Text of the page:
China projected to win 50%
of U.S. garment imports [click]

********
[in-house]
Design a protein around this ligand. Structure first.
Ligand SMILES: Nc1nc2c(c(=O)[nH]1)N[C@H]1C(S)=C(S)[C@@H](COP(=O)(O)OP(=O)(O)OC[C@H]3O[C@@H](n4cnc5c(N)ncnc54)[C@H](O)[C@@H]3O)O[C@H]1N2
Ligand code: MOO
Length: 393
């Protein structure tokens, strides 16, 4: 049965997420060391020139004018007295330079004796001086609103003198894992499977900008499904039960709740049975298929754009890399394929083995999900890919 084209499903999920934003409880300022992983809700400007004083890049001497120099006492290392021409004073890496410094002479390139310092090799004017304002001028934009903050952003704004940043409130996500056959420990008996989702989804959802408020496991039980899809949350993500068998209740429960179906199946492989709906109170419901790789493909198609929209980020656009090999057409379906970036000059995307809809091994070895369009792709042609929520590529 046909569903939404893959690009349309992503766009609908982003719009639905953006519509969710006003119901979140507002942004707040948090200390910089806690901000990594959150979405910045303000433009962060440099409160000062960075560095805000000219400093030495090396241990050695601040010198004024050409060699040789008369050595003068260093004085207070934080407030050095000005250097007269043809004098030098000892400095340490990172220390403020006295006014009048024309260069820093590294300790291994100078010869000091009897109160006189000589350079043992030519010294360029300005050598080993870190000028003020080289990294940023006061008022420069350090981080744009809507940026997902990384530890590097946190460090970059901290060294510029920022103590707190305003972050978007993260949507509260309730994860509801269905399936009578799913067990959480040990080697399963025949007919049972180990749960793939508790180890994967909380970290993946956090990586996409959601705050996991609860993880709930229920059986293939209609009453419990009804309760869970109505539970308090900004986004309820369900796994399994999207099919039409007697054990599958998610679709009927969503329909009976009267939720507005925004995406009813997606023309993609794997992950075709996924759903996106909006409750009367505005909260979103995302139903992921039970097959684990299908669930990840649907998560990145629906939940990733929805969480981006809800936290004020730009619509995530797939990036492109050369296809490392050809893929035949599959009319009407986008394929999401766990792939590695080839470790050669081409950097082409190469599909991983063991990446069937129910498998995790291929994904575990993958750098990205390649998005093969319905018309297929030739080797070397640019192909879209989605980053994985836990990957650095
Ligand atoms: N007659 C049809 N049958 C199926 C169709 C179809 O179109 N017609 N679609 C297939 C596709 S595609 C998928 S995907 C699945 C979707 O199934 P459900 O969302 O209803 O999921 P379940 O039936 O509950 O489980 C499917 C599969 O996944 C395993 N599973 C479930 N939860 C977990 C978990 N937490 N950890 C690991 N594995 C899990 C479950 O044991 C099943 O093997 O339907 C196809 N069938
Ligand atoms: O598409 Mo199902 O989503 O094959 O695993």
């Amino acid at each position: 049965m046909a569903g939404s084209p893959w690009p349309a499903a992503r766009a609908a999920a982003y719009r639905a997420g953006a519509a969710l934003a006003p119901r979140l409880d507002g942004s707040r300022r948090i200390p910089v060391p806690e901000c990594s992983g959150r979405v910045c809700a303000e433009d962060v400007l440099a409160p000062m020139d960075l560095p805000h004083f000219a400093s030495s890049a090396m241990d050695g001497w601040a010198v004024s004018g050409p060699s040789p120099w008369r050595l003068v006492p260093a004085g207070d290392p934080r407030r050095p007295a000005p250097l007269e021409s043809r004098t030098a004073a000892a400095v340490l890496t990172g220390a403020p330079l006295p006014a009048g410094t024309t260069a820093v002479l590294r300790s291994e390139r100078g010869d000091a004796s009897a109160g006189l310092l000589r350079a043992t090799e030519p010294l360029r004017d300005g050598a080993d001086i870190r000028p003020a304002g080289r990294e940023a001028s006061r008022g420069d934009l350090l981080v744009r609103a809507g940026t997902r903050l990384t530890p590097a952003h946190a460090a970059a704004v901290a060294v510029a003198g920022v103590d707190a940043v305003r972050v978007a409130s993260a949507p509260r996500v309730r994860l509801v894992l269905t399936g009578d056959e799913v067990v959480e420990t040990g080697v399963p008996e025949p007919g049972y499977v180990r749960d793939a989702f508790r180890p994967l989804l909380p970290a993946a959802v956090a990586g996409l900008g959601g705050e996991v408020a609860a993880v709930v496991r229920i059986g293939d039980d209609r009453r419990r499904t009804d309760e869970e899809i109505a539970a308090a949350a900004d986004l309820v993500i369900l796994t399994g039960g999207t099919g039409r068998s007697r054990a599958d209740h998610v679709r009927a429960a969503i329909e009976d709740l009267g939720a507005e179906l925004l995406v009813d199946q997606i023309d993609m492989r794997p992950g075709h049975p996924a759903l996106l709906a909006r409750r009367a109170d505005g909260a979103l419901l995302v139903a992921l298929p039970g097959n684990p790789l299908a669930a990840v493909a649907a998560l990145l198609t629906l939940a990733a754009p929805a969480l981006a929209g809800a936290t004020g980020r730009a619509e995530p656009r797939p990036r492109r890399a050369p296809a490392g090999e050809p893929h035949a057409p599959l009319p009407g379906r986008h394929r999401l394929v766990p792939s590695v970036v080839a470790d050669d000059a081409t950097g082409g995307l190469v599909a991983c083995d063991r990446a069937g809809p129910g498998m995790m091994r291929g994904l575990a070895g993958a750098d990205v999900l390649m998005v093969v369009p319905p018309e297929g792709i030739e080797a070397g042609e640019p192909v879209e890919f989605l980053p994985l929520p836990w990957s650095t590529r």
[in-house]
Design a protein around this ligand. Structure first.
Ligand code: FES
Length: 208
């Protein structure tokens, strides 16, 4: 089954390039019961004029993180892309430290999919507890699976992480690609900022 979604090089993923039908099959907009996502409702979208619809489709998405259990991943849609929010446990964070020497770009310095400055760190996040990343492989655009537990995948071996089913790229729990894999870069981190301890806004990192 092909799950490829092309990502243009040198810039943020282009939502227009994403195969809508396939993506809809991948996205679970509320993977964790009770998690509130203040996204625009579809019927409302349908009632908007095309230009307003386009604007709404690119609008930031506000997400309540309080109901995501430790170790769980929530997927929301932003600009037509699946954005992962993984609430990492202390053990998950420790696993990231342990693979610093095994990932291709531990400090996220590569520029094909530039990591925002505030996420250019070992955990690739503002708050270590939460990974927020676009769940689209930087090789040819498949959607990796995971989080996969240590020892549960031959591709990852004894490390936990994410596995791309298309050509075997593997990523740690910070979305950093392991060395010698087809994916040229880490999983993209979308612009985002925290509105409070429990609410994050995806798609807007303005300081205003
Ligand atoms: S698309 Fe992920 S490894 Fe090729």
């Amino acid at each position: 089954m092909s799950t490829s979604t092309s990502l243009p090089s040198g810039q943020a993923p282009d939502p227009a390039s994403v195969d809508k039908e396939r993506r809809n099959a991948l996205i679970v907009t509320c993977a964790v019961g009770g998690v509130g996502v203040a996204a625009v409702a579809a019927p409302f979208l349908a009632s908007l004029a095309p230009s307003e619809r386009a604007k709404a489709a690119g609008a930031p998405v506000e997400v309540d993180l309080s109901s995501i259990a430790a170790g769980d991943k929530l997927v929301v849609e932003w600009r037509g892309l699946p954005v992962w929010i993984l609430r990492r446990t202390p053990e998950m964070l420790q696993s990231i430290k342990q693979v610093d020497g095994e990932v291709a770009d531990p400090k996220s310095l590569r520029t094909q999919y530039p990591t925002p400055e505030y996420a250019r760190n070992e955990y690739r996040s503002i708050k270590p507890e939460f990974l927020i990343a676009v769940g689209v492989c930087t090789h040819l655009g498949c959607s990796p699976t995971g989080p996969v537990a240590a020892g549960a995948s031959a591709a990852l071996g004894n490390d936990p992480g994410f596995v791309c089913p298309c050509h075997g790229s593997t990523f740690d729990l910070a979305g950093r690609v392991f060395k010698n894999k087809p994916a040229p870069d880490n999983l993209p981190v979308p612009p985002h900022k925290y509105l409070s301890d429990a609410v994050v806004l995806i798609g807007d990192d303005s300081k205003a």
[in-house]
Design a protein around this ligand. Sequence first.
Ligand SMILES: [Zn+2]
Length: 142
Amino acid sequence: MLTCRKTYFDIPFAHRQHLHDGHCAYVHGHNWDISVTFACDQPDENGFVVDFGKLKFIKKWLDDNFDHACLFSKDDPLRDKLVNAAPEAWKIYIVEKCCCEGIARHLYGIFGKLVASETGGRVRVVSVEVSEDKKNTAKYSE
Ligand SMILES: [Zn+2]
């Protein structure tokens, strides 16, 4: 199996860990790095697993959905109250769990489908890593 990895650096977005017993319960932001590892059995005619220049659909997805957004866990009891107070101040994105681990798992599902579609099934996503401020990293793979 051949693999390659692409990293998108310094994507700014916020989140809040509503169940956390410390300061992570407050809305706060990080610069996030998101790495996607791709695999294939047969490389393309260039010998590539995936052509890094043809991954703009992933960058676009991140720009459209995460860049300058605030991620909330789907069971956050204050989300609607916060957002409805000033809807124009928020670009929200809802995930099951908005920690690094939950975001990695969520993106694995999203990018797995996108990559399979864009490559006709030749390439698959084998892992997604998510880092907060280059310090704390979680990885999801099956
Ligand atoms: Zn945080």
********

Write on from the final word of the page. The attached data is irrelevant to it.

Cambodia, for example, which depends on the garment industry for 88% of its merchandise exports is facing a dramatic loss of sales. Bangladesh where the proportion of garments in exports is 80% or Sri Lanka where it’s over 70% could also face dramatic losses. Last month, I participated in a workshop in Colombo (Sri Lanka) including participants from garment and textile industry associations and officials from around south and east Asia. There was little doubt about the level of concern: the Cambodian industry—the country’s biggest employer—reported that they had no contracts for supply to the US market after March 2005. What have governments in the region been doing to prepare for this week’s end to the quotas? I formed the view that, regrettably, few of the governments of the countries who participated in Sri Lanka have taken any positive adjustment steps in the past 10 years although some (as in Cambodia) have had very little opportunity to do so (there hasn’t been a government for most of that time). Most have left adjustment planning to the industries themselves. Fortunately, the outlook at a commercial level is not as bleak as the economic models—including that used by WTO—project. The models show what might happen if prices alone determined the location of export supply. They cannot caputure the full complexity of the global garment industry where vertical supply (integration of production chains) means that the final suppliers to e.g. the US market will probably be drawing on supply from a range of sources to fulfill their orders. As the owner of “this factory”: in Chittagong, in Bangladesh, told me last year: “The Chinese can’t make everything …” Manufacturing wages are likely to rise in China as a consequence of their economic success (not only in textiles and garments). Chinese garment exporters are likely to seek supply from lower-wage countries such as Bangladesh or Vietnam or Cambodia to fulfill their orders. I have previously reported Also, as the huge North American and European markets liberalize, global garment supply will switch to those outlets, reducing supply to other markets around the world that are already open. This re-direction of exports from east and south Asia will see market prices in countries such as Japan rise while prices in the US and the EU fall. So the sales opportunities for producers who are unable to match China’s prices will not disappear with the end of quotas. It does, however, mean a change of strategy and market focus for those export firms that have been protected from competitive pressures by the quota system. These man-made disruptions are not likely to be the biggest challenge of 2005 for economies that are struggling with the consequences of unprecedented natural disasters. Nor will they have wholly negative consequences for Asia. But it would be foolish not to learn from the mistakes of the ATC.